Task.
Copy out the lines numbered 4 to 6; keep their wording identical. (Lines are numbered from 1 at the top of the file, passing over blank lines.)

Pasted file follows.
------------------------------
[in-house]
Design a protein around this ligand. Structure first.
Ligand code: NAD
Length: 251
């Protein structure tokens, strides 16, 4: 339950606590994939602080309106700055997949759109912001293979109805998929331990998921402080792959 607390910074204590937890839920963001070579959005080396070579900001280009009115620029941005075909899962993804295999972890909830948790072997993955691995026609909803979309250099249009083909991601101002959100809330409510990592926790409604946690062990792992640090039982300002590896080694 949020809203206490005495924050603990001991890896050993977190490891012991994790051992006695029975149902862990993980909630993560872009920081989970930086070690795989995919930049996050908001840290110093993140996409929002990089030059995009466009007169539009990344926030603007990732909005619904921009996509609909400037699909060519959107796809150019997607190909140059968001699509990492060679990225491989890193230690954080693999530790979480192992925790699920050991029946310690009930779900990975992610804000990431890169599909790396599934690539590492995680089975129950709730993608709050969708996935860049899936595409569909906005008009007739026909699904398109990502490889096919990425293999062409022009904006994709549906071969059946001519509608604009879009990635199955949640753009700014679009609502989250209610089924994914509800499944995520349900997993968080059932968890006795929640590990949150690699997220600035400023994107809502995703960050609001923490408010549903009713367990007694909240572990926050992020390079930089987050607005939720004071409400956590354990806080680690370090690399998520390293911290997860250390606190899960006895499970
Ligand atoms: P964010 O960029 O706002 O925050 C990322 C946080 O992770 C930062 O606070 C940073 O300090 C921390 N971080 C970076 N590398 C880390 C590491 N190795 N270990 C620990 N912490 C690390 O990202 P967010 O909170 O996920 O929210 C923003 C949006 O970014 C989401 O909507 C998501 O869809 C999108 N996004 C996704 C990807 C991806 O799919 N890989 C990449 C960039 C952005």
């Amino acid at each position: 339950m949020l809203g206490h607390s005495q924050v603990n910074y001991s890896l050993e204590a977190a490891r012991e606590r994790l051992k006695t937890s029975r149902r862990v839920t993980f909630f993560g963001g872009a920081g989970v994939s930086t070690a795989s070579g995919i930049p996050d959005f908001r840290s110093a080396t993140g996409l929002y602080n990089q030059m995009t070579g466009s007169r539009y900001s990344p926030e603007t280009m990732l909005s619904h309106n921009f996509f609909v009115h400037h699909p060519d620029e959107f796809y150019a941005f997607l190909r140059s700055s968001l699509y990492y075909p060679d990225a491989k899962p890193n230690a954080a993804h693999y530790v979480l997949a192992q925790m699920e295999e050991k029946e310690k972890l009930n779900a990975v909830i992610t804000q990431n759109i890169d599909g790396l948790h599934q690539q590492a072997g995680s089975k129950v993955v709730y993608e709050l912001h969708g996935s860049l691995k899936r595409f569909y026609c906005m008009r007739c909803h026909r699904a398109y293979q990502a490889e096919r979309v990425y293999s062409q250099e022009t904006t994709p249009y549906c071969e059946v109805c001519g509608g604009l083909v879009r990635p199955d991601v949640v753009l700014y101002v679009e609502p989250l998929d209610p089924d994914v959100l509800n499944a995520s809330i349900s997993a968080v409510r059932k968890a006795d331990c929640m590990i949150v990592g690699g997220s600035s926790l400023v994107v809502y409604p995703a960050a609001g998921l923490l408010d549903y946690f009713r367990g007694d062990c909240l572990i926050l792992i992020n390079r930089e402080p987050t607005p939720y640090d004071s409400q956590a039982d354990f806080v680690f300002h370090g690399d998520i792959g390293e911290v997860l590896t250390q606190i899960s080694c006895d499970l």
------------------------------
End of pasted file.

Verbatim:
Length: 251
């Protein structure tokens, strides 16, 4: 339950606590994939602080309106700055997949759109912001293979109805998929331990998921402080792959 607390910074204590937890839920963001070579959005080396070579900001280009009115620029941005075909899962993804295999972890909830948790072997993955691995026609909803979309250099249009083909991601101002959100809330409510990592926790409604946690062990792992640090039982300002590896080694 949020809203206490005495924050603990001991890896050993977190490891012991994790051992006695029975149902862990993980909630993560872009920081989970930086070690795989995919930049996050908001840290110093993140996409929002990089030059995009466009007169539009990344926030603007990732909005619904921009996509609909400037699909060519959107796809150019997607190909140059968001699509990492060679990225491989890193230690954080693999530790979480192992925790699920050991029946310690009930779900990975992610804000990431890169599909790396599934690539590492995680089975129950709730993608709050969708996935860049899936595409569909906005008009007739026909699904398109990502490889096919990425293999062409022009904006994709549906071969059946001519509608604009879009990635199955949640753009700014679009609502989250209610089924994914509800499944995520349900997993968080059932968890006795929640590990949150690699997220600035400023994107809502995703960050609001923490408010549903009713367990007694909240572990926050992020390079930089987050607005939720004071409400956590354990806080680690370090690399998520390293911290997860250390606190899960006895499970
Ligand atoms: P964010 O960029 O706002 O925050 C990322 C946080 O992770 C930062 O606070 C940073 O300090 C921390 N971080 C970076 N590398 C880390 C590491 N190795 N270990 C620990 N912490 C690390 O990202 P967010 O909170 O996920 O929210 C923003 C949006 O970014 C989401 O909507 C998501 O869809 C999108 N996004 C996704 C990807 C991806 O799919 N890989 C990449 C960039 C952005």